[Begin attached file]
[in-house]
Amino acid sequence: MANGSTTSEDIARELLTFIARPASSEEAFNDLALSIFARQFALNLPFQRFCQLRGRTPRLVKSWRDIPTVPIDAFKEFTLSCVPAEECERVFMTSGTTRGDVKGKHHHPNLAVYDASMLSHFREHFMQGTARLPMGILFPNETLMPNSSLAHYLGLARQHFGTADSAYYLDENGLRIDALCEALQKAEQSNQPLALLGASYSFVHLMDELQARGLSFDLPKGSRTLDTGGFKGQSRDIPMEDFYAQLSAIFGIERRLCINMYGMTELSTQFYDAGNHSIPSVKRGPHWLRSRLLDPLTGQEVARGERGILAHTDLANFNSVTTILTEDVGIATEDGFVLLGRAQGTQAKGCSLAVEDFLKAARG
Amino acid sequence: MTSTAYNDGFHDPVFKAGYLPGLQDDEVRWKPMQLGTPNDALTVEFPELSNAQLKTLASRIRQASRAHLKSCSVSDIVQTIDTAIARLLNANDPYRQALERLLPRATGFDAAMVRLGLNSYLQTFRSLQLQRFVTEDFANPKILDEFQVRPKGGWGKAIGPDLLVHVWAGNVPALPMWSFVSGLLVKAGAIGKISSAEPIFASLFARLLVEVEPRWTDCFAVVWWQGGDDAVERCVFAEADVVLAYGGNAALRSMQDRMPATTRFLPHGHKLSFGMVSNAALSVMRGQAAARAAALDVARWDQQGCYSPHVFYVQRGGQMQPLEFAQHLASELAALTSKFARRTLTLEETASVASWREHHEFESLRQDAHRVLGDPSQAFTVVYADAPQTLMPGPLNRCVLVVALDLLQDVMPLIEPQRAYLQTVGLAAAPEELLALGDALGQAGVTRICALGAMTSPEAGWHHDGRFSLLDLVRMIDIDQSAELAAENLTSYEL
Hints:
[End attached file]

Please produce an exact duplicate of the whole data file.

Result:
[in-house]
Amino acid sequence: MANGSTTSEDIARELLTFIARPASSEEAFNDLALSIFARQFALNLPFQRFCQLRGRTPRLVKSWRDIPTVPIDAFKEFTLSCVPAEECERVFMTSGTTRGDVKGKHHHPNLAVYDASMLSHFREHFMQGTARLPMGILFPNETLMPNSSLAHYLGLARQHFGTADSAYYLDENGLRIDALCEALQKAEQSNQPLALLGASYSFVHLMDELQARGLSFDLPKGSRTLDTGGFKGQSRDIPMEDFYAQLSAIFGIERRLCINMYGMTELSTQFYDAGNHSIPSVKRGPHWLRSRLLDPLTGQEVARGERGILAHTDLANFNSVTTILTEDVGIATEDGFVLLGRAQGTQAKGCSLAVEDFLKAARG
Amino acid sequence: MTSTAYNDGFHDPVFKAGYLPGLQDDEVRWKPMQLGTPNDALTVEFPELSNAQLKTLASRIRQASRAHLKSCSVSDIVQTIDTAIARLLNANDPYRQALERLLPRATGFDAAMVRLGLNSYLQTFRSLQLQRFVTEDFANPKILDEFQVRPKGGWGKAIGPDLLVHVWAGNVPALPMWSFVSGLLVKAGAIGKISSAEPIFASLFARLLVEVEPRWTDCFAVVWWQGGDDAVERCVFAEADVVLAYGGNAALRSMQDRMPATTRFLPHGHKLSFGMVSNAALSVMRGQAAARAAALDVARWDQQGCYSPHVFYVQRGGQMQPLEFAQHLASELAALTSKFARRTLTLEETASVASWREHHEFESLRQDAHRVLGDPSQAFTVVYADAPQTLMPGPLNRCVLVVALDLLQDVMPLIEPQRAYLQTVGLAAAPEELLALGDALGQAGVTRICALGAMTSPEAGWHHDGRFSLLDLVRMIDIDQSAELAAENLTSYEL
Hints: